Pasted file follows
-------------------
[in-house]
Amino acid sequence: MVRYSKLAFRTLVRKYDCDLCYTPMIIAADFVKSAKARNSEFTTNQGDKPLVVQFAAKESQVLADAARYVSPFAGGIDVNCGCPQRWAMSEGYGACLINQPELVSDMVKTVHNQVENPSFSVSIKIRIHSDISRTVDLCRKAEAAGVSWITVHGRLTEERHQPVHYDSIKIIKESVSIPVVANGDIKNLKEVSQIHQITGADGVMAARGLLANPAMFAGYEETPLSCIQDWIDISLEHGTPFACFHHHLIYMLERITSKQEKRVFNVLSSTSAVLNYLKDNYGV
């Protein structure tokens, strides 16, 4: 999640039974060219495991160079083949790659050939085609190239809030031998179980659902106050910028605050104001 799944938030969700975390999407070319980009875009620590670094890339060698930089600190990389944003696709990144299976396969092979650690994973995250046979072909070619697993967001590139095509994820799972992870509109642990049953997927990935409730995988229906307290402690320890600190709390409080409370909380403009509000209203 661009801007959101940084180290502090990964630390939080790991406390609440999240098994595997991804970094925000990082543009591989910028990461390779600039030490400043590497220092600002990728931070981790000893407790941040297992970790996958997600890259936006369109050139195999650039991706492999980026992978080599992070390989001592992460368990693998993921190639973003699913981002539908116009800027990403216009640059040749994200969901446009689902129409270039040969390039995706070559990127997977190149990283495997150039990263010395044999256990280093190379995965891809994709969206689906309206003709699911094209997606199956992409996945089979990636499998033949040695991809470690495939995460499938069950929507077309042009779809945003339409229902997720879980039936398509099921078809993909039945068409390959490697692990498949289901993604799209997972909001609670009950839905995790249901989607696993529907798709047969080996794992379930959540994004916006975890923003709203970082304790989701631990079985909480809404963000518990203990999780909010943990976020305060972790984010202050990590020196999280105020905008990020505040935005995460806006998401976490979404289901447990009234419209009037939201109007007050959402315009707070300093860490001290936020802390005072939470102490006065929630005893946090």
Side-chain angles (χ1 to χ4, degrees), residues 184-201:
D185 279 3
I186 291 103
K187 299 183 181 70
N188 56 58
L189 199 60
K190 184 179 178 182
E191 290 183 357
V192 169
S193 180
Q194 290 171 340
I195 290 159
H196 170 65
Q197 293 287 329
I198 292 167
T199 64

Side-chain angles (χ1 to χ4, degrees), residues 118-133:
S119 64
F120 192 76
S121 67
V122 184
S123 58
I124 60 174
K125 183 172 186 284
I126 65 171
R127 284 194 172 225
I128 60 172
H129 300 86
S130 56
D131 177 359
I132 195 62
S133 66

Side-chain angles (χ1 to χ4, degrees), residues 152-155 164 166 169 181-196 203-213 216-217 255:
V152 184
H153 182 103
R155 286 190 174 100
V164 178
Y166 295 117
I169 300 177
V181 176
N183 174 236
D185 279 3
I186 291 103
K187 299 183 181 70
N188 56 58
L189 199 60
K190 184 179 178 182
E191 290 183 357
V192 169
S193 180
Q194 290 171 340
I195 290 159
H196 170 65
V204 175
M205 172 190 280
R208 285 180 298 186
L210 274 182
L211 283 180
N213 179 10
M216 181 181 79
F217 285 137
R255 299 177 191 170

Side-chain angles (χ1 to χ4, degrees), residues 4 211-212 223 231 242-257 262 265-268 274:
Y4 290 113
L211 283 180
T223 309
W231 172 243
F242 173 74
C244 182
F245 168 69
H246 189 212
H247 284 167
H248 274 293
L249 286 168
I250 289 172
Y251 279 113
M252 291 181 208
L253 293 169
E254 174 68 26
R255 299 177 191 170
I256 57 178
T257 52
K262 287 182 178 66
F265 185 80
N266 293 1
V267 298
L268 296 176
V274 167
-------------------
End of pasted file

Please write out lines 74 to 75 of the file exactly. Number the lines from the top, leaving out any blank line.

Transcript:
H246 189 212
H247 284 167